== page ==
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Bush campaign voices worry about military vote

President Bush’s campaign legal counsel said Friday litigation threatens to prevent overseas service members from receiving their absentee ballots in time for them to be filled out, sent home, and counted.
President Bush mingles with troops in Iraq last Thanksgiving.Larry Downing / Reuters file
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President Bush’s campaign legal counsel said Friday litigation threatens to prevent overseas service members from receiving their absentee ballots in time for them to be filled out, sent home, and counted.

If this were to happen, it would undercut the president’s advantage among military voters and affect the election in key toss-up states such as Colorado and Florida.

Campaign counsel Tom Josefiak cited Democratic lawsuits to knock independent candidate Ralph Nader off the ballot in several states, including Maine, Nevada, New Hampshire, Florida, Colorado, Pennsylvania, West Virginia and Wisconsin, all of which are hotly contested.

Bush campaign manager Ken Mehlman accused the Democrats of pursuing “a litigation strategy” which could “prevent state and local election officials from printing and mailing ballots overseas, threatening to prevent our service men and women overseas, as well as other Americans abroad, from casting a vote that is actually counted.”

Confusion over Nader?
The state of Pennsylvania, Josefiak said, is sending out absentee ballots with the word “disqualified” printed under Nader’s name.

“The question is: Does it mean the ballot is disqualified or that that Nader is disqualified from the ballot? It’s confusing the troops that are getting these things,” Josefiak said.

Democratic National Committee spokesman Jano Cabrera responded to the charges from the Bush campaign by saying, “The reality here is this: State election officials feel they need to check Nader's signatures primarily because Republicans have spent millions trying to get Nader on the ballot."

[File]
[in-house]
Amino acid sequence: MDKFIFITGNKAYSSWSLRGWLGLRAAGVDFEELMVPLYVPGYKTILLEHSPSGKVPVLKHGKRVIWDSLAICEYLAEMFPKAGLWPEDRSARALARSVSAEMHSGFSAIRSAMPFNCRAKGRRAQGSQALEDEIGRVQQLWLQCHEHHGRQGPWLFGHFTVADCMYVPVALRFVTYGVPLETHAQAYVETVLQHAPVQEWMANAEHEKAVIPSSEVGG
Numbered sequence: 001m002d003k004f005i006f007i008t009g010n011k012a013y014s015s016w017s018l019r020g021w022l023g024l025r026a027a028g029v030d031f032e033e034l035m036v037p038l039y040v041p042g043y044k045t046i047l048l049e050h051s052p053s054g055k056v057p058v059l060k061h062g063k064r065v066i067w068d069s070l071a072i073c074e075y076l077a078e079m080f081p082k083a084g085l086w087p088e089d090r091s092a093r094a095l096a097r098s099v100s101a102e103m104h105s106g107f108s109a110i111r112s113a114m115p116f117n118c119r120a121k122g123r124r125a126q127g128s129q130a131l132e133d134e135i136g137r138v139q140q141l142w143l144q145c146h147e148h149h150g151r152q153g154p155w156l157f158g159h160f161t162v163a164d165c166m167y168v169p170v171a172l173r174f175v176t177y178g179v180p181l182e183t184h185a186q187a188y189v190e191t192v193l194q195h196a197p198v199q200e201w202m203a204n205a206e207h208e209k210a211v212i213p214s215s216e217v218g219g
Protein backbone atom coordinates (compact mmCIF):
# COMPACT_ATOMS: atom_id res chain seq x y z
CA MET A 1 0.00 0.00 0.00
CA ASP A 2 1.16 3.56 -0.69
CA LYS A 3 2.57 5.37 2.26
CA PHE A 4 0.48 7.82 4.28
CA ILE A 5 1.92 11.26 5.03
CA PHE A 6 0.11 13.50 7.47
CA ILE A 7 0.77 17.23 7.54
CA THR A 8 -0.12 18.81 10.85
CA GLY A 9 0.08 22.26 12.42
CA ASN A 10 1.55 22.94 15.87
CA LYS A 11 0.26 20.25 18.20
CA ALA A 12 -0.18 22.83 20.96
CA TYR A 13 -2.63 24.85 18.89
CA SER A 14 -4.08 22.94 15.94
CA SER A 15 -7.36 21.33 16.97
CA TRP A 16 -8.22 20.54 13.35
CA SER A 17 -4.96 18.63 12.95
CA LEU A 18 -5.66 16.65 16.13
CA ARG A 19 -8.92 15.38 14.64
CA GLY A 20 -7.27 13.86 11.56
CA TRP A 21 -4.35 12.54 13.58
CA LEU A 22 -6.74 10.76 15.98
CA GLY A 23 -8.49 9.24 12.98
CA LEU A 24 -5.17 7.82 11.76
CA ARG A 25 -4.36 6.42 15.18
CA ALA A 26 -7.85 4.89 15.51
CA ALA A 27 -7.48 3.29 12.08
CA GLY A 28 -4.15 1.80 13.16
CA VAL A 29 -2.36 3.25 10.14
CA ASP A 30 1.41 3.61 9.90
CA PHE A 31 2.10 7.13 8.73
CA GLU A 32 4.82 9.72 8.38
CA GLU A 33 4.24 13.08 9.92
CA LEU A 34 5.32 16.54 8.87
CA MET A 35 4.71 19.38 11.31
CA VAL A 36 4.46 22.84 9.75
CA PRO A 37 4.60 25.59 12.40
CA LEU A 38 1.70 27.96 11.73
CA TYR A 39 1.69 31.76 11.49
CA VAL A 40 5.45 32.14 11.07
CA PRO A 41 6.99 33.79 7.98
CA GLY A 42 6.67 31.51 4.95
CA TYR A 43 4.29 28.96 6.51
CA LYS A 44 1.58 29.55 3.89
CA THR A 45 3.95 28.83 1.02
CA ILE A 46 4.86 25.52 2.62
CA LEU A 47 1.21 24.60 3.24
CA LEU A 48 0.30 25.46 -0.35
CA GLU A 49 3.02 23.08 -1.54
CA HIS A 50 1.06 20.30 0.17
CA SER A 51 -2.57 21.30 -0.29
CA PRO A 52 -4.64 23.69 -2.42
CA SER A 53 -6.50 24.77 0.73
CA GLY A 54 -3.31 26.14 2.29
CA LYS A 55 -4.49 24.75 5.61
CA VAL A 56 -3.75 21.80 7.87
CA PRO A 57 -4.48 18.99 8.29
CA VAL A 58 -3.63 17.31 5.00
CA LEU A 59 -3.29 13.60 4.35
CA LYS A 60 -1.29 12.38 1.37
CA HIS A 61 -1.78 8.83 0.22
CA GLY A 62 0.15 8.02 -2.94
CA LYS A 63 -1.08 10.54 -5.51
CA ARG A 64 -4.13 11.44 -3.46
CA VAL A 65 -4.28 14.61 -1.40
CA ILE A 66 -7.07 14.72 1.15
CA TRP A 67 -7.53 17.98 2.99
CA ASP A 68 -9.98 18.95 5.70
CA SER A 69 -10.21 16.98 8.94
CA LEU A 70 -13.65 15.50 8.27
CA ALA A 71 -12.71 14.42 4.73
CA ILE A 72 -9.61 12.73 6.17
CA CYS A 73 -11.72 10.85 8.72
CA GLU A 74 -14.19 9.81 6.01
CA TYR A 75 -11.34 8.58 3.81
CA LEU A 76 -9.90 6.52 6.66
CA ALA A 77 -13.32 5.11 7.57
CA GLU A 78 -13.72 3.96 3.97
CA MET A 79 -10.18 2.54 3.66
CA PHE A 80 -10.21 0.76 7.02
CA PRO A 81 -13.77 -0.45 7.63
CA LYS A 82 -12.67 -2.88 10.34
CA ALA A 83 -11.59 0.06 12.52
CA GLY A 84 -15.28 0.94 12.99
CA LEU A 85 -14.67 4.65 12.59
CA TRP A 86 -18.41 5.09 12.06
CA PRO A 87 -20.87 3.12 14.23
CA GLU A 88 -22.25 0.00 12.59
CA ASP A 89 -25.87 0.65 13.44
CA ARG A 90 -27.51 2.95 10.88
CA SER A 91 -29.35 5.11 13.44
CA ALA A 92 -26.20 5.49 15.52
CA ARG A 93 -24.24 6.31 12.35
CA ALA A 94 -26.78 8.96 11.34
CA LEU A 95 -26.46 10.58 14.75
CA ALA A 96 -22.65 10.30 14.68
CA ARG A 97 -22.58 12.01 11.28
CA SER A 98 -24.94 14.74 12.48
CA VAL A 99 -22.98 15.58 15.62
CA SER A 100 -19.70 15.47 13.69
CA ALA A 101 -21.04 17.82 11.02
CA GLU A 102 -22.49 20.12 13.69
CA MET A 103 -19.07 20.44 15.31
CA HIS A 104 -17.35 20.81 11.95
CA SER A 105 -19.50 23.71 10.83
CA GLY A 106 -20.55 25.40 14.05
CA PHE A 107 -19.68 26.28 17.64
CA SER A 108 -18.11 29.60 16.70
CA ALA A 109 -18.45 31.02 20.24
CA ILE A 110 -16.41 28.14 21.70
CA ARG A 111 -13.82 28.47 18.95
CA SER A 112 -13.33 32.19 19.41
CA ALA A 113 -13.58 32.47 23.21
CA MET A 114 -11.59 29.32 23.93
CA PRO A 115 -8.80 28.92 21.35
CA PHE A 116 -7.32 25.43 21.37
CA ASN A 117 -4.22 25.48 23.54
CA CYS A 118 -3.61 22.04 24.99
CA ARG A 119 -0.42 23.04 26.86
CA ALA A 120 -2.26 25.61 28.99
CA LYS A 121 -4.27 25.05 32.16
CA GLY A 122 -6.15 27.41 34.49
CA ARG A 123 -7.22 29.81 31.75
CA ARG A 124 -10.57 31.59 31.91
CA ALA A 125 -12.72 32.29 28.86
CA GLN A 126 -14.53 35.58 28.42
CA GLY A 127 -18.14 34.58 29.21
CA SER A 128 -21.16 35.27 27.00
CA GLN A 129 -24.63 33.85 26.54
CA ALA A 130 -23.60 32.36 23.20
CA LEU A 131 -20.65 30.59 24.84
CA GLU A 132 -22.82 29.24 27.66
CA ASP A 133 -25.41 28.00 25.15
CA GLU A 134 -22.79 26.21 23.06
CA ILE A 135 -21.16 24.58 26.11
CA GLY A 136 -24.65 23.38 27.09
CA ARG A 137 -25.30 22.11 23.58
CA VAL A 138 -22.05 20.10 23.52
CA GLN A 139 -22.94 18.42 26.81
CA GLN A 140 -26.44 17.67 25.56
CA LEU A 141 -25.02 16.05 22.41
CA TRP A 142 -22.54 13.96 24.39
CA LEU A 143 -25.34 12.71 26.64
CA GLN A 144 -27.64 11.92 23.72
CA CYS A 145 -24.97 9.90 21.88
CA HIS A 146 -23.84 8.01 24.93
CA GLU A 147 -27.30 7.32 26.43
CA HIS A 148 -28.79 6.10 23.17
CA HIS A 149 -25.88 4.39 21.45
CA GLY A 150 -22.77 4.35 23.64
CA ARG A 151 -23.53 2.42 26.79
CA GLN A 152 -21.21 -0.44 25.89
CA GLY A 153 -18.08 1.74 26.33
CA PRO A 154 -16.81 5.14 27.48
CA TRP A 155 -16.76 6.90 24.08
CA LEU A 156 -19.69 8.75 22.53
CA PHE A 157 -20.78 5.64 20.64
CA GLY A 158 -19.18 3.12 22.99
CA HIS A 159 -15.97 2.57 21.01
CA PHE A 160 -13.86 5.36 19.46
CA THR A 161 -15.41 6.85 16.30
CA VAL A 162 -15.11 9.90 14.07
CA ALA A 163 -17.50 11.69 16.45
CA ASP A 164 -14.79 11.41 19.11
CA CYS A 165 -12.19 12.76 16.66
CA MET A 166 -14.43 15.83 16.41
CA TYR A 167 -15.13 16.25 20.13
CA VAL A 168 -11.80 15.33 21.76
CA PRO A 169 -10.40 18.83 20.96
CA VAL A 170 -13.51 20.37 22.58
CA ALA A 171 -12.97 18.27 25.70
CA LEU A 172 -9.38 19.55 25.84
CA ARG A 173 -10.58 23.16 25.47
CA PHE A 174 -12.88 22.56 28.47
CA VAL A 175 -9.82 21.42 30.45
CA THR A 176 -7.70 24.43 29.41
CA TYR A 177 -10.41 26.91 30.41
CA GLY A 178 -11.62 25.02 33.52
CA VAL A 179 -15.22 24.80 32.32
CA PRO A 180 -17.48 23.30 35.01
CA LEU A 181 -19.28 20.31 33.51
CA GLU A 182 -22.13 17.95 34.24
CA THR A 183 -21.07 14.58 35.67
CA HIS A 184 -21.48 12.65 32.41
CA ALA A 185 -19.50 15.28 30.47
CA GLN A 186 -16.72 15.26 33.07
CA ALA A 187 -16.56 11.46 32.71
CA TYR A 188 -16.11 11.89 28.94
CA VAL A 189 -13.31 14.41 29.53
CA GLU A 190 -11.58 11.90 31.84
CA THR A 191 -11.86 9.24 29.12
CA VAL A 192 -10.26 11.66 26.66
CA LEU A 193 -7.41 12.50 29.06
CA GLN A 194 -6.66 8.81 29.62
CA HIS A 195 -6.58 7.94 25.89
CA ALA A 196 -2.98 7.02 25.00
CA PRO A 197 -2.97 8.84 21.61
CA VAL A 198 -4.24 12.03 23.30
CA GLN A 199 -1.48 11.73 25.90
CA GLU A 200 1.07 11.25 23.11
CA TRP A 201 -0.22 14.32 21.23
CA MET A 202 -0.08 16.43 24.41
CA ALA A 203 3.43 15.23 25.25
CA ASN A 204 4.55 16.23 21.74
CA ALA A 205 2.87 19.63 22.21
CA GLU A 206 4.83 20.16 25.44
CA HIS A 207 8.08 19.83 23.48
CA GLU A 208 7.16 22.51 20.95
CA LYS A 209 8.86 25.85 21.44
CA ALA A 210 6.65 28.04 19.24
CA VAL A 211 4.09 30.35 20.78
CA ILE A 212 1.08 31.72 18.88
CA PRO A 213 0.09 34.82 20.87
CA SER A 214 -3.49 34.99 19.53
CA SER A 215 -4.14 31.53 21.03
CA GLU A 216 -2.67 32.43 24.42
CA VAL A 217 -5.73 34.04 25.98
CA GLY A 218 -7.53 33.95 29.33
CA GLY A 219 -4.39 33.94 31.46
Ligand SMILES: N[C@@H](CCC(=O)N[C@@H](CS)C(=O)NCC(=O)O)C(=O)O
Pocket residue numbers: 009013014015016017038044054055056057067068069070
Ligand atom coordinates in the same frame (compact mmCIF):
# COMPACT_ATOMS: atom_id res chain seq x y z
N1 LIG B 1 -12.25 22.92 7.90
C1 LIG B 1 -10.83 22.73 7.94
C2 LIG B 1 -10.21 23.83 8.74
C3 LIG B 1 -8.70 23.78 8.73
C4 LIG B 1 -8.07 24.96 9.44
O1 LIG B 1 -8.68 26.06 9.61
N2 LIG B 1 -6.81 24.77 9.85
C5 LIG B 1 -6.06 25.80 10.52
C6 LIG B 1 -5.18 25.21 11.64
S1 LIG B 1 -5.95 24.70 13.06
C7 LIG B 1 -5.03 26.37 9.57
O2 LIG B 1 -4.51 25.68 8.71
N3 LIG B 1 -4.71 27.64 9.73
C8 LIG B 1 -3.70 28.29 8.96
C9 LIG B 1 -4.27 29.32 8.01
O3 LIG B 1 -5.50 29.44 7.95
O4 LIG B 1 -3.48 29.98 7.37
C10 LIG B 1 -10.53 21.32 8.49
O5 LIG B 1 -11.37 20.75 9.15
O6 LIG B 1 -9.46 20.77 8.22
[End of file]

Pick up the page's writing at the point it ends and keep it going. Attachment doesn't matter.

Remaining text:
As for delays in absentee ballots getting to overseas voters in time for them to be counted, Cabrera said, “We are totally committed to ensuring that every vote cast be counted.”

Mehlman said Florida and certain counties in Colorado had made special provisions for an extension of time for overseas military voters to send in their ballots. Unless other jurisdictions make similar provisions, he said, “There won’t be a sufficient window for the ballots to be filled out overseas and returned.”

Partly due to uncertainty about the counting of absentee ballots from overseas military personnel, “If it is a close election in any one state, it may be days or weeks before we know who the actual winner is,” Josefiak said.

Of the major Army bases in the United States, only one — Fort Carson, Colo. — is located in a state that pollsters consider a toss-up state. Some Fort Carson-based soldiers are now serving in Iraq.

There are major Navy bases in two battleground states: Maine and Florida. There are major Air Force bases in four toss-up states, Ohio, New Mexico, Florida and Colorado.

Survey shows Bush support
Mehlman and Josefiak made their comments about military voters as a new University of Pennsylvania National Annenberg Election Survey showed most military personnel and family members have a favorable view of Bush.

Sixty-nine percent of the military personnel and family members interviewed by Annenberg had a favorable opinion of Bush, while 23 percent had an unfavorable opinion. Only 29 percent saw Kerry favorably, while 54 percent were unfavorable.

From Sept. 22 through Oct. 5, Annenberg polled 655 adults who have either served on active duty between February and October or who were relatives of those who served. Their answers were compared to the responses of 2,436 adults interviewed by Annenberg.

The survey found that 94 percent of the military sample intends to vote in the presidential election, compared to 85 percent of the civilian population.

Nearly two-thirds of the Annenberg military sample said the Iraq situation had been worth going to war over, while 32 percent said it had not. In the general population, 45 percent said the war had been worth it; 51 percent said it had not.

The poll of 655 in the active military and their families was taken Sept. 22-Oct. 5 and has a margin of error of plus or minus 4 percentage points.

Kerry speculates abut a draft
Meanwhile, in a related matter, Democratic presidential candidate John Kerry told the Des Moines Register in an interview published Friday, “With George Bush, the plan for Iraq is more of the same and the great potential of a draft."

Bush has emphatically opposed re-introducing the draft and on Oct. 5 the House of Representatives, by a vote of 402-2, defeated a Democratic bill to revive the draft.

Mehlman called Kerry’s draft remarks “outrageous” in Friday’s conference call with reporters.

“The fact that Sen. Kerry continues to try to bring up what he knows to be false in order to try to frighten voters is … yet another example of a candidate who is willing to say anything,  including something he knows to be patently false, in order to get elected.”